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Is Africa the Next SS&O Hotspot?


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As global investment shifts towards developing economies, Africa is becoming increasingly popular in offering both local and global delivery capabilities. With this in mind SSON compiled 10 key …

As global investment shifts towards developing economies, Africa is becoming increasingly popular in offering both local and global delivery capabilities. With this in mind SSON compiled 10 key reasons why Africa could be the next SS&O hotspot. Traditional BPO locations may soon be quaking in their boots…

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  • 1. Is Africa the Next SS&O Hotspot? Shared Services and Outsourcing Africa 2014 As global investment shifts towards developing economies, Africa is becoming increasingly popular in offering both local and global delivery capabilities. With this in mind SSON compiled 10 key reasons why Africa could be the next SS&O hotspot. Traditional BPO locations may soon be quaking in their boots…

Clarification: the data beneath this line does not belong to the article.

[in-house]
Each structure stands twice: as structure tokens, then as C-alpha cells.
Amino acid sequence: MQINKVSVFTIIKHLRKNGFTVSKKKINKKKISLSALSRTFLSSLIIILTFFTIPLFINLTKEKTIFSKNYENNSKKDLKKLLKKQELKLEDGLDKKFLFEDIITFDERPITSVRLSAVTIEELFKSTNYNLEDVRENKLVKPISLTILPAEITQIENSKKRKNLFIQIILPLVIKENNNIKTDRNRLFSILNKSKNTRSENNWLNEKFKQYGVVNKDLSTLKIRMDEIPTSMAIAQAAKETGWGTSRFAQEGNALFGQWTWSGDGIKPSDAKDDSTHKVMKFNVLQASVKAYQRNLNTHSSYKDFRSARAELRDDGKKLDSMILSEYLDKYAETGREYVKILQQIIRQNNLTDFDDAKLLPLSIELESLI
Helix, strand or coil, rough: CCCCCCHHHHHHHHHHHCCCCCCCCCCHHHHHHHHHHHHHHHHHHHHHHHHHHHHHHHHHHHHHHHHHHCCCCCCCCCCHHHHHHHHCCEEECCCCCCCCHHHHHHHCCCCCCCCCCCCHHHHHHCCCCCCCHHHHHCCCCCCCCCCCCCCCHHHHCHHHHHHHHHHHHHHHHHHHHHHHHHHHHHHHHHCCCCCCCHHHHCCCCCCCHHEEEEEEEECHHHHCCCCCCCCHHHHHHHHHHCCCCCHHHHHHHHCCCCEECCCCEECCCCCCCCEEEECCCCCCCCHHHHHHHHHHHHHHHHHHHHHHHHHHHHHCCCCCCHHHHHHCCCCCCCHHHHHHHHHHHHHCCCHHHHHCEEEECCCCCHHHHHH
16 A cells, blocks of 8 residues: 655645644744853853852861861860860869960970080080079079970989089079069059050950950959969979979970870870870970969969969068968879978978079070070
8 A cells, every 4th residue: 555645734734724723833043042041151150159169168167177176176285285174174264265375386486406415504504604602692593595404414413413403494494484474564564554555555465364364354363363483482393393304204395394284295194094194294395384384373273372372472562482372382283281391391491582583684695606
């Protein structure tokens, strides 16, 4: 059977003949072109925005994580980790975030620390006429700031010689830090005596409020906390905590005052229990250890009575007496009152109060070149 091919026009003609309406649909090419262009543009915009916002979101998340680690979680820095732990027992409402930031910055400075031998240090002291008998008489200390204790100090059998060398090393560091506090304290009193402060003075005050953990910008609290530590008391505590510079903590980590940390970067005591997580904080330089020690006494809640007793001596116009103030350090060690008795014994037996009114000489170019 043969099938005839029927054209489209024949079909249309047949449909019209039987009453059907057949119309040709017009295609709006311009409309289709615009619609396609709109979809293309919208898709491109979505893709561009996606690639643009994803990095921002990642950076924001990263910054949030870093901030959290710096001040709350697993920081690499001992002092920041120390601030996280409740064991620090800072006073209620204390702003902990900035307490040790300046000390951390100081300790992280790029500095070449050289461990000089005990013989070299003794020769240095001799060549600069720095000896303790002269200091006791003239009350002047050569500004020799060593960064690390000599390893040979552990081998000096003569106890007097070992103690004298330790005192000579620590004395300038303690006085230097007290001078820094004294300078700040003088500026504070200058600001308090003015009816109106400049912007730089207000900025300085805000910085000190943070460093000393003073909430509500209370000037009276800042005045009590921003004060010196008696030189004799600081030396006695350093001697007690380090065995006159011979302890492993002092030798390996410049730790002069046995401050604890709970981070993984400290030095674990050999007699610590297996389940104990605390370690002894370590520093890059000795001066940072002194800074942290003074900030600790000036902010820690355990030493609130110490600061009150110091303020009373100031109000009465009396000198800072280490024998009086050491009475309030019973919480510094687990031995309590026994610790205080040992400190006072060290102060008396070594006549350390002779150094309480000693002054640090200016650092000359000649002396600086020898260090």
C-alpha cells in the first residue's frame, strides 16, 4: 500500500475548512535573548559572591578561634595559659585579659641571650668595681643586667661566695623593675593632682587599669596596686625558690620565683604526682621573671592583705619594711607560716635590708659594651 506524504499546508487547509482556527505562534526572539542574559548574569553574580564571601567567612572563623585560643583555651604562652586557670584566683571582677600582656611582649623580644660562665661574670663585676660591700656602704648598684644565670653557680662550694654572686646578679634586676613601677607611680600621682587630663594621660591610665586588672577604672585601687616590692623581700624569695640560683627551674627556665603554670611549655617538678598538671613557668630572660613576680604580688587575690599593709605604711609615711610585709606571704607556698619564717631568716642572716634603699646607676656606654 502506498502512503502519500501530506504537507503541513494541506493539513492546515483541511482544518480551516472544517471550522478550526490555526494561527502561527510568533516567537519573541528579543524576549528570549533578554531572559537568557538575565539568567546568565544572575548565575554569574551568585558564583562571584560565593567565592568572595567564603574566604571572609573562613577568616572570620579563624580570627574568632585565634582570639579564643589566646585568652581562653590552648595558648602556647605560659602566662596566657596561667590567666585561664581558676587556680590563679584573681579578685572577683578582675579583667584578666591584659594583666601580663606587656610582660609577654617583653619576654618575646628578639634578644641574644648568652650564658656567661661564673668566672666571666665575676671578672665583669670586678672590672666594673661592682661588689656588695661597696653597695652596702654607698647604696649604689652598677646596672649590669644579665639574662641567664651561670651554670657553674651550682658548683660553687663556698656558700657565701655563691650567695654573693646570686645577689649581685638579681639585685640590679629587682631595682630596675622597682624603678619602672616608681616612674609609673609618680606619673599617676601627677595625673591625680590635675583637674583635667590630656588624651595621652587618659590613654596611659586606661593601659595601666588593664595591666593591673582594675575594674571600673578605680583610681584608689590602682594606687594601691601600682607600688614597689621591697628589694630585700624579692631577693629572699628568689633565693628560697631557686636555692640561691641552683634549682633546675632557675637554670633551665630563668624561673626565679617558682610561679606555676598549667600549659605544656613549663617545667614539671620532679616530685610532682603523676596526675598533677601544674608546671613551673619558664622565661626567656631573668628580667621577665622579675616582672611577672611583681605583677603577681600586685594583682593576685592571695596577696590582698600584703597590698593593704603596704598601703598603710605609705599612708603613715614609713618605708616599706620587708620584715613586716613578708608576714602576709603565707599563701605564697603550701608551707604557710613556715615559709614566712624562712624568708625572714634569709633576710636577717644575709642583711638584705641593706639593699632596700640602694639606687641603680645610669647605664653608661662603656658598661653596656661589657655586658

• 2. Shared Services and Outsourcing Africa 2014 South African students spend more years in school than their counterparts in other emerging economies, such as China and India, according to one OECD (The Organisation for Economic Co-operation and Development) report. This improvement in childhood education has trickled up to tertiary level education, with the number of students rising by nearly 300,000 in fewer than 15 years in just one province of South Africa. According to the country’s governmental website, there are 23 public higher education institutions, including The University of Cape Town Graduate School of Business, which notably features regularly in the Financial Times Top 100 MBA programmes. Five of the world’s top 10 fastest growing economies are African, according to the IMF. Couple this with the fact that the continent has also grown faster than East Asia for a number of those years, and that is has a higher proportion of land mass covered by mobile-internet services, beating India; you can see Africa is a region not to be ignored. With increased investment, Africa is able to take on its new flourishing role as a potential player in the global SS&O industry, offering cost-benefits, an eager and talented workforce, and new infrastructure developments. Let’s take a look at what the world’s youngest continent has to offer the outsourcing industry. 1. Proximity Africa is well positioned to service European markets with time zone compatibility with many European capitals, as well as even stretching to the US East Coast. South Africa in particular has a cultural affinity to the Western world, offering a similar working week schedule. It also has three international airports. In the late 19th century European imperial powers engaged in colonialism and the “scramble for Africa.” Because of these historic ties, African business is frequently linked to its past powers, including France, Belgium, Portugal, Spain, Germany, Italy, Turkey, the Netherlands and the UK. 2. Talent in Africa As an emerging economy, Africa has realized that it needs to plug the talent gap to keep its business potential growing. Its educational programmes have really stepped up to the plate, providing BPO organisations with a wealth of newly qualified talented graduates. Another country looking to grow its outsourcing sector that is already showing promise is Nigeria. A third of sub-Saharan university students are Nigerian, the most populous of African states. Nigeria has seen a rapid growth in the number of students enrolling into higher education, and has had to expand its institutions to keep up. The UNESCO Institute for Statistics 2012 claims Nigeria had only 51 universities in 2005, it now has 128. It also states the number of students has grown to approximately 1.2million. But what does this mean to the BPO industry? The Everest Group Market Vista Report Q4 2013 reports that annually South Africa sees 7,000 law student’s graduate, while the annual domestic demand is less than half that number. Therefore, South Africa offers a large pool of qualified candidates eager to work in Legal Process Outsourcing, with wages roughly 50% less than that of UK graduates. South African law is also based on English common law and the Roman-Dutch civil system, meaning the understanding of Westernized legal processes already exists. The cultural affinity covered above extends into the language and accent skills of Africa. Described as being the most multilingual continent in the world, Africa has close language ties with ex-colonial powers that happen to be major BPO customers nowadays. Two thirds of Africans speak English or French, with Portuguese also widely spoken. South Africa South Africa offers cost savings of 50-60% over UK onshore operations. The average attrition rate for customer service associates for 2012-13 was only 13.1% in the Western Cape Province. South African students spend more years in school than their emerging economies counterparts. Johannesburg took the top spot of African countries in Tholons 2013 Top 100 Outsourcing Destinations Rankings. Cape Town also made the Top 100. Kenya Kenya has a five year goal of creating more than 20,000 direct BPO jobs. Its capital Nairobi featured in Tholons 2013 Top 100 Outsourcing Destinations Rankings. Nigeria The UNESCO Institute for Statistics 2012 claims Nigeria had only 51 universities in 2005, it now has 128. Ghana Accra was the second based place in Africa to outsource according to Tholons 2013 Top 100 Outsourcing Destinations Rankings. Morocco Casablanca was the third best place to outsource in Africa, according to the Tholons 2013 rankings.